“Fleet of Worlds” is part of Larry Niven’s Known Space future history best known as the setting of the Ringworld books. However, while it utilizes characters and settings from other Known Space books, extensive knowledge of Known Space isn’t essential to understanding the book. The book does contain a number of other nods to other Known Space stories and events, however, so a previous knowledge of the setting will increase enjoyment of the book. It is also Niven’s first collaboration written in that setting.
Some reviewers have been comparing The Raw Shark Texts to the movie Memento. It’s a largely uninspired comparison based solely on the fact that both protagonists share some form of memory loss. But it’s a superficial comparison at best and probably only lasts for the first 30 pages or so. Since the Raw Shark Texts becomes, in part, a sincere meditation on the nature of love, the power of its loss and the great lengths one is willing to go to re-capture it, a closer film comparison might be to a movie like The Eternal Sunshine of the Spotless Mind, a movie that also, in its own way, deals with fractured memory loss.
Indian Country collects the first five issues of the monthly series Scalped.
The art in Scalped is very good. Offering up shadows with hidden depths at times and bright, clear and detailed panel at others that may represent the duality of the story. Perhaps indicative of the pervasive skin tones of the characters or just a reflection of the sandy deserts where the story takes place there are a lot of red tones and shades in the art of Scalped. Just about every issue ends in a great cliffhanger moment that compels you to read further and the art accompanies these tense moments becomes fraught with peril and potential destruction.
The first volume in the Liveship Traders trilogy. In this trilogy Hobb returns to the realm of the Elderlings where her hugely successful Farseer trilogy is set. Anyone expecting a return to the Six Duchies and Fitz is in for a surprise though. Except for the world the trilogies are very much different. Although they are loosely related, they could be read independently.
Hello fellow, potential and future crime fiction readers, I think that an introduction may be in order. I’d like you to meet Charlie Stella. Mr. Stella here is a friend of ours and also happens to be the best-kept secret in crime fiction. His first four novels, Eddies World, Jimmy Bench-Press, Charlie Opera & Cheapskates were published in hard back only and are now, unjustly, out of print. His fifth novel, Shakedown, came out in hard cover last year and just recently became the first of his novels to be released in paperback, something long over due. These novels, coveted by readers and spoken of highly by writers, are some of the most exiting crime novels being written in the new millennium. So, in other words, come on in, the waters fine.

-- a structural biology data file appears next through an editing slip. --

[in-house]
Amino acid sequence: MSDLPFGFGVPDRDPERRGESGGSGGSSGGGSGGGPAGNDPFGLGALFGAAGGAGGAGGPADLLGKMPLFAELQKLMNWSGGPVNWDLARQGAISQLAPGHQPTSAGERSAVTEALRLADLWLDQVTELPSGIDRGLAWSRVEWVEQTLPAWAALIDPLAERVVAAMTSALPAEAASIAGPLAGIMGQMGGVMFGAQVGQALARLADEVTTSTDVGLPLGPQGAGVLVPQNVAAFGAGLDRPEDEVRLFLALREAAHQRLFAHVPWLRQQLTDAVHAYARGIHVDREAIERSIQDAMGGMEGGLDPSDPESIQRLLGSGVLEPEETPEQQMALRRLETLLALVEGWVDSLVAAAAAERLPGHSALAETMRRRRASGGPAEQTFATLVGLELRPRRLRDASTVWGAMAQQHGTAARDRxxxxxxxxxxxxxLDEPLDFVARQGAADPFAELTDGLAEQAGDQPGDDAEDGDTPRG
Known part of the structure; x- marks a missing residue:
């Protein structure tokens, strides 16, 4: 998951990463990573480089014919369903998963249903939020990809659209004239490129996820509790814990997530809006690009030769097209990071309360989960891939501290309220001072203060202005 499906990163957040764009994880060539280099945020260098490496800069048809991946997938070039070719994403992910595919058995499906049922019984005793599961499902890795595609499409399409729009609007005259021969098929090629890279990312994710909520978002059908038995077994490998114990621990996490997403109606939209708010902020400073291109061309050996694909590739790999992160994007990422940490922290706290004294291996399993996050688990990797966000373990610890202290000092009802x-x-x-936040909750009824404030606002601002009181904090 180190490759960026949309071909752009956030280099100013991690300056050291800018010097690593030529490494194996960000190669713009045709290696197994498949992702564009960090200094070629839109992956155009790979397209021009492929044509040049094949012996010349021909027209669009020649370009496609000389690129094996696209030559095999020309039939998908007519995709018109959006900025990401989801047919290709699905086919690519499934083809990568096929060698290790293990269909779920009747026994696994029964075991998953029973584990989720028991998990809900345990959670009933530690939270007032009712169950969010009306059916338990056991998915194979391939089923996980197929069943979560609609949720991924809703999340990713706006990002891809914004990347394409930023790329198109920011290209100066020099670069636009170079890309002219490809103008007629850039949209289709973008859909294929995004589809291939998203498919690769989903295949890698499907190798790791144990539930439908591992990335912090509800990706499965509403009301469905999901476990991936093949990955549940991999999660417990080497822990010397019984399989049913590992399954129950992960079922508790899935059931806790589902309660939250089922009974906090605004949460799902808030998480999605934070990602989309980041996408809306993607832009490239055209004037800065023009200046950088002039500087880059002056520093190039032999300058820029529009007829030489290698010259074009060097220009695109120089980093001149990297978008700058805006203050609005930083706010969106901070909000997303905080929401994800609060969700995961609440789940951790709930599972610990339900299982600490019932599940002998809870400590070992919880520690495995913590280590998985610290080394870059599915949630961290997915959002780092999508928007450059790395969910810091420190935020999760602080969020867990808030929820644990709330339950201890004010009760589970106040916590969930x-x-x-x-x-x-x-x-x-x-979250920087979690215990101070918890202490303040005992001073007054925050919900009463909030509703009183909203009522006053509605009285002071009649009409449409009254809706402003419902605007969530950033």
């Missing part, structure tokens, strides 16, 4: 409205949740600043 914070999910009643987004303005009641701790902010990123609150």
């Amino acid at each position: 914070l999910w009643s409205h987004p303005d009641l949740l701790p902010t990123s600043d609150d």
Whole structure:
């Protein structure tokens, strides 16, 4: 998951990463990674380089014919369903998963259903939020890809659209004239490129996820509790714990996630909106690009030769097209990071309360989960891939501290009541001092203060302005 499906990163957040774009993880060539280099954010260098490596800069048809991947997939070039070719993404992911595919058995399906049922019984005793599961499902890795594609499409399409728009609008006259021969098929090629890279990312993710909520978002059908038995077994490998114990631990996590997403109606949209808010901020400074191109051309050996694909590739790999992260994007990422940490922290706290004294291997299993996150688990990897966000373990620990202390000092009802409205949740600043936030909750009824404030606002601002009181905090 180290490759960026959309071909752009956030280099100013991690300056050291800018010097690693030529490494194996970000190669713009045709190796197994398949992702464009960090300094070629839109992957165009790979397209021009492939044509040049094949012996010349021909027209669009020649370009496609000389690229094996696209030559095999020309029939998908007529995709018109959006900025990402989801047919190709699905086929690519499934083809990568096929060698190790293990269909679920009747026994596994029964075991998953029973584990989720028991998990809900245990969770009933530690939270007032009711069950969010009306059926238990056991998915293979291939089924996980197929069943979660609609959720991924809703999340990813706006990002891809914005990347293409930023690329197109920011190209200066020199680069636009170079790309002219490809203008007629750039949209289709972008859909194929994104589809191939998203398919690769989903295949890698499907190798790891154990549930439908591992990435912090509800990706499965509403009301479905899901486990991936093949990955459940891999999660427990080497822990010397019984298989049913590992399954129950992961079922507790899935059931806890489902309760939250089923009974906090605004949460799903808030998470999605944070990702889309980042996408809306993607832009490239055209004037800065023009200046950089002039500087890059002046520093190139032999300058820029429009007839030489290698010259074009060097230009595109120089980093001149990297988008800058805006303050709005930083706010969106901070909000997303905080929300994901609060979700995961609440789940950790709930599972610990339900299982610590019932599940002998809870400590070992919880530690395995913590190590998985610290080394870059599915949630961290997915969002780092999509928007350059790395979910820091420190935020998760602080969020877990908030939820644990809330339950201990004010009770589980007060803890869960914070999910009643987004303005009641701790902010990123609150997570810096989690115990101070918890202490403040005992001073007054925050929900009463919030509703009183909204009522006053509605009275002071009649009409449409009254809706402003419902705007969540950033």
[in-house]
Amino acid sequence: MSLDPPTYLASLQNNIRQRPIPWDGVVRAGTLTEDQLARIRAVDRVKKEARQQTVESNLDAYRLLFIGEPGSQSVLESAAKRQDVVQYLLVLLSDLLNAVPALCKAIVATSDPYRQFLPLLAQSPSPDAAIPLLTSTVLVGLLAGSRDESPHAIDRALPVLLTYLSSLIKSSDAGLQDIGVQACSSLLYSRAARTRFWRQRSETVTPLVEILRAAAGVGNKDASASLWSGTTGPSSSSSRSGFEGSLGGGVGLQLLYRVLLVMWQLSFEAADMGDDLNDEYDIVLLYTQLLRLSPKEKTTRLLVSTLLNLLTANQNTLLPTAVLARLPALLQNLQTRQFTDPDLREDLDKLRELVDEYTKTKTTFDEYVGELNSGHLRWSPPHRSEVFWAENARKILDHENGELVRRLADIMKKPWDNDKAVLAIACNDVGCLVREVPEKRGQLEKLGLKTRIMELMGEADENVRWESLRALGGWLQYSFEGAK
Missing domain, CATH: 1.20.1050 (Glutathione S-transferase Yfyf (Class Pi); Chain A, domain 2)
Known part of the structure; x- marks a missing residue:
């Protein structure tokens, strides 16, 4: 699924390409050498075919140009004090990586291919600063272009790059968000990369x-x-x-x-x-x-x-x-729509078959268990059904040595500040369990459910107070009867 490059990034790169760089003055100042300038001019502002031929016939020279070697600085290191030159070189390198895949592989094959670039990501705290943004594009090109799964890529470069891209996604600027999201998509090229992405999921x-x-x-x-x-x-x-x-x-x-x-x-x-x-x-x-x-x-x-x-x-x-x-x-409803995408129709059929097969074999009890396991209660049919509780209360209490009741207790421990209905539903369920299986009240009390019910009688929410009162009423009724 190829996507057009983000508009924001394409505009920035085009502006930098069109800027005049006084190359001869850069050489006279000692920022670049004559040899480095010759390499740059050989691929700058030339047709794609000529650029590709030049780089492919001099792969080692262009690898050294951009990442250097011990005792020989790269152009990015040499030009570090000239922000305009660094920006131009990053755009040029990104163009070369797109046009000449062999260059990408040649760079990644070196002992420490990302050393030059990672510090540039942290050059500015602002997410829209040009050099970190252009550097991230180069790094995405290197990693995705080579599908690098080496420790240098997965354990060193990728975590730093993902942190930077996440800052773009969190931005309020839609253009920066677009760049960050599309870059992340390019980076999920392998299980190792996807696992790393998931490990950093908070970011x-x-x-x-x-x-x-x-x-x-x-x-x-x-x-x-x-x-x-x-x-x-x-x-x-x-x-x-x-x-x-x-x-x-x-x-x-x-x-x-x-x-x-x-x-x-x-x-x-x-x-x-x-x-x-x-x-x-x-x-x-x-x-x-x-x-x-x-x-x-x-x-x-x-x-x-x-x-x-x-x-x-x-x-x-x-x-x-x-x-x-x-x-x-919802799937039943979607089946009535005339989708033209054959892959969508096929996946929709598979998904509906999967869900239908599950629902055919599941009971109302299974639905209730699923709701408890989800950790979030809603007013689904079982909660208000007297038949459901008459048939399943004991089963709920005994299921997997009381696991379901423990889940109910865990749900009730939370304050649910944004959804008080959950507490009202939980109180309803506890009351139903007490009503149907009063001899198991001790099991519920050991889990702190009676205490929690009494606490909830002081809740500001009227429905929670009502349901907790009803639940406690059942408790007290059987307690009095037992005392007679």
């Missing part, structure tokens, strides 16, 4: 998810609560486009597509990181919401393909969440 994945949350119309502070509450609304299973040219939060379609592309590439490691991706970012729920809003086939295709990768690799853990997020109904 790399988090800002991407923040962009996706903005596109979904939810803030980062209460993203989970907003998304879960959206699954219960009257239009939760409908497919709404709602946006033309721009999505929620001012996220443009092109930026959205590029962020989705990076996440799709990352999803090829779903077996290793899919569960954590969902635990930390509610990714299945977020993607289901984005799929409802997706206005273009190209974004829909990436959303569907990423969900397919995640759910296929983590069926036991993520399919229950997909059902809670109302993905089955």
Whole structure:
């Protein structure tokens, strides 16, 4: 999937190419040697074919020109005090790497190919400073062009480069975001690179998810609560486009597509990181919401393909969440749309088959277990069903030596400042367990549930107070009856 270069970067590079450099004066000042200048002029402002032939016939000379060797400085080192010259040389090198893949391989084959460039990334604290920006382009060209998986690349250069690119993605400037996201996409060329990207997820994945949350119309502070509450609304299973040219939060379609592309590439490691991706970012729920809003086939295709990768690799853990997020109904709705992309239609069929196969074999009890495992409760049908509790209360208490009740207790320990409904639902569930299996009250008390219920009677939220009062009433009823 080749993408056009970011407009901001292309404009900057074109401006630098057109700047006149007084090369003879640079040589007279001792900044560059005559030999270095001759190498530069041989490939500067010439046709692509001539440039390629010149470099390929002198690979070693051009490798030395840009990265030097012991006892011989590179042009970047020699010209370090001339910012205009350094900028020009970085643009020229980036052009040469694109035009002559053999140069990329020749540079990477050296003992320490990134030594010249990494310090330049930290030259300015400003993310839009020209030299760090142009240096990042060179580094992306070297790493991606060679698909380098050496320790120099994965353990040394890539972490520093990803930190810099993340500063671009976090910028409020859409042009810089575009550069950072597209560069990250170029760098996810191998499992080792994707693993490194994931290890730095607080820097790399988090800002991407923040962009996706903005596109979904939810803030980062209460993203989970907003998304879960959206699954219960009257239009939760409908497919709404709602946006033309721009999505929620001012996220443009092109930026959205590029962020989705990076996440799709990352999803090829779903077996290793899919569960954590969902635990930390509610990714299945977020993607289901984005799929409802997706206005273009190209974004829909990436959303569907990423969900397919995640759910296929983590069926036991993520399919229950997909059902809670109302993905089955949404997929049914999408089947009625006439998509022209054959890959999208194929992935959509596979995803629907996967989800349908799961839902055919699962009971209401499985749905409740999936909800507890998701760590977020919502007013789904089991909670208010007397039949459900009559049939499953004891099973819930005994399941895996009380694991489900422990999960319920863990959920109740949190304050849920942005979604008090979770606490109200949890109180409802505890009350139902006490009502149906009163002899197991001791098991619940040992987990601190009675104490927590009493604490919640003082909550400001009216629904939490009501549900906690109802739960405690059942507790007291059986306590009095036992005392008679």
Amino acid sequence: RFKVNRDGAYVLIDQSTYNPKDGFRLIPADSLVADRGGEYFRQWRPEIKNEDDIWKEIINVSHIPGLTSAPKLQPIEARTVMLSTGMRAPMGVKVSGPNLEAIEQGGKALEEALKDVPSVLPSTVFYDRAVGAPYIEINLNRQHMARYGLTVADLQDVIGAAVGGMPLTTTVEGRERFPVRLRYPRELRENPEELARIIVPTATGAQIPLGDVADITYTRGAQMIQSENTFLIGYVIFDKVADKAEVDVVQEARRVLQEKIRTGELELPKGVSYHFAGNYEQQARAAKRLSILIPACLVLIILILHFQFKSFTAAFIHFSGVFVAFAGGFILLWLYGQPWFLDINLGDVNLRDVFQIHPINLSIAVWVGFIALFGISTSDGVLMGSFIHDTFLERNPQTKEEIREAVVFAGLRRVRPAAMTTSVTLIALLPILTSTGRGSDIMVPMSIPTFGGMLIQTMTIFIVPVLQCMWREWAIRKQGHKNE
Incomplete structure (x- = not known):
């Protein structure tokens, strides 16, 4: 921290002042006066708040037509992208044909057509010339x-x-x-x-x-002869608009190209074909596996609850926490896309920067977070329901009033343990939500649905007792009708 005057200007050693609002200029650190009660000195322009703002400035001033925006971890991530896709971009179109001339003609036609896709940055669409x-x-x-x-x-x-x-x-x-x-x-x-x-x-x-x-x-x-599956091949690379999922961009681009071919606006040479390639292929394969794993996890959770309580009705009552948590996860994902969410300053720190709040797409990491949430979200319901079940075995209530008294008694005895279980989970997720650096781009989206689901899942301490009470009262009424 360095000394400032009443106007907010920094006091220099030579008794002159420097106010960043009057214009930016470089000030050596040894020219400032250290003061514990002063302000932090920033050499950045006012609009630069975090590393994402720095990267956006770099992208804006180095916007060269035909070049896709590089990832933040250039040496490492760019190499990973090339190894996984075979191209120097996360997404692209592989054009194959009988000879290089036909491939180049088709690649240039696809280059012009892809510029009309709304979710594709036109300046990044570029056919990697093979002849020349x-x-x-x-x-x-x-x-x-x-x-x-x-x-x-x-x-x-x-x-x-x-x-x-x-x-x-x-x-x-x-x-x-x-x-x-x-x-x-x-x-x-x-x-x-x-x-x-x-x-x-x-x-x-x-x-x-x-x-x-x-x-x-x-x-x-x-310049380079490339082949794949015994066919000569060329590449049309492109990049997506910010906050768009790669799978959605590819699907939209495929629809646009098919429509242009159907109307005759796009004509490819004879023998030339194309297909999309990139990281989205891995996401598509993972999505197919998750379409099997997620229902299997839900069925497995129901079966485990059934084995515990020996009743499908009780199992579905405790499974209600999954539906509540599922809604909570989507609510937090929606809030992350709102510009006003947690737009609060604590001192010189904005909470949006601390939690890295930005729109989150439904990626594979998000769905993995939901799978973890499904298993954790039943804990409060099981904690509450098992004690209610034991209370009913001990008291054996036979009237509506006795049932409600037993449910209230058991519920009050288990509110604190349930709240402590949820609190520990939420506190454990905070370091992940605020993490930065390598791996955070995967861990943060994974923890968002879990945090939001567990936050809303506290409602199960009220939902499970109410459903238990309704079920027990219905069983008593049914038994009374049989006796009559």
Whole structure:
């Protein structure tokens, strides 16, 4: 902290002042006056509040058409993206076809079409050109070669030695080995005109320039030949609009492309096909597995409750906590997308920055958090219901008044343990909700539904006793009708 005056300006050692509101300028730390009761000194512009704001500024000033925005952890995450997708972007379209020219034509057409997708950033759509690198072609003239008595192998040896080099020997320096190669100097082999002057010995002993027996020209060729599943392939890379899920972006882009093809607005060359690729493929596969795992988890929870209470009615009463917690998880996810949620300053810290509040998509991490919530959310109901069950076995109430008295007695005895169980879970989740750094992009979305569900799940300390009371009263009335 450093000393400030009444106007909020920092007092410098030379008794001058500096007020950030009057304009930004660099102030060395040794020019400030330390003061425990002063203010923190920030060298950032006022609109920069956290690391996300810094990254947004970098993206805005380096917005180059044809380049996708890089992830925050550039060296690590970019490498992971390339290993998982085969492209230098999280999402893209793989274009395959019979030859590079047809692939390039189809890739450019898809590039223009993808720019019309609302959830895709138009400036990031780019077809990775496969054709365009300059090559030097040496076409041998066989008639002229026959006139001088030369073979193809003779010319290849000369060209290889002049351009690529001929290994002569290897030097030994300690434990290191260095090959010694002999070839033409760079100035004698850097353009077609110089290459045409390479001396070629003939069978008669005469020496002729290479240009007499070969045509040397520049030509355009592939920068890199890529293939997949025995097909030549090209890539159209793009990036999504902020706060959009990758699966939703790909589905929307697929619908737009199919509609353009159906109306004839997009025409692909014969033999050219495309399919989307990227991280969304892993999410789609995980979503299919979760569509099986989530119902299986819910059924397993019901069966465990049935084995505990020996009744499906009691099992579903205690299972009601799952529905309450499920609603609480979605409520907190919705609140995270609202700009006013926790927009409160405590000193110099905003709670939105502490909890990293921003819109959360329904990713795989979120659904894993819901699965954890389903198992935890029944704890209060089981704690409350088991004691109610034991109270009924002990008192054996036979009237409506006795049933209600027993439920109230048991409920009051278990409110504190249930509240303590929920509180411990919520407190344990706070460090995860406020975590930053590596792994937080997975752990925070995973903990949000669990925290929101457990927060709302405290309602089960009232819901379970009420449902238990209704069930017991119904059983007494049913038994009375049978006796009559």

Let me tell you a little bit about Shakedown.
I was finally able to get in touch with Irene, as she has a very busy schedule. This interview was all prompted from meeting Irene at last year’s New York Comic Con where I think I interrupted her lunch. Being the courteous person that I am, I figured I would let her finish lunch and track her down a bit later. That bit later took some stalking on my part and some annoying emails. I think Irene ended up finishing this interview just so I would not bother her anymore. All joking aside though I am very happy to introduce Irene Gallo, the Art director for Tor, Forge, and Starscape Books. I also want to thank Nicole Cardiff, one of my favorite young fantasy artists, who helped me with the questions for this interview.
On September 16th, 2007, Robert Jordan, one of the giants of epic fantasy, left us. The biographies in the back of his books said that he intended to write until they nailed shut his coffin, and from what I can tell from his blog that is exactly what he did. Despite that, he left the work for which he will be remembered most by his readers, The Wheel of Time series, unfinished. It looks like A Memory of Light, the 12th and last novel of the series, will be published, although when is still uncertain. Jordan leaves behind an impressive body of work that has been translated into two dozen languages and millions of fans across the world. While by no means universally loved, his work has had a big impact on the genre, so it is no more than fitting that fantasybookspot had a closer look at one of his books.
Unnatural History is the first book in the Pax Brittannia series, written by Jonathan Green. The story is set in 1997 in an alternate universe, steampunk era London. In this universe the British Empire has continued to flourish under Queen Victoria, now in her 160th year of rule. The Magna Britannia Empire now controls two-thirds of the Earth and has colonies on the Moon and Mars. Through references made to the Challenger Wing of the London Zoo, containing living dinosaurs, it can be assumed that this is set in the Lost World universe, created by Arthur Conan Doyle. That was, however, tossed in there as a stray fact and never explained. Stray snippets of information, which intrigued but were never explained, were a recurring theme in this novel.
Do you have what it takes to create your own world?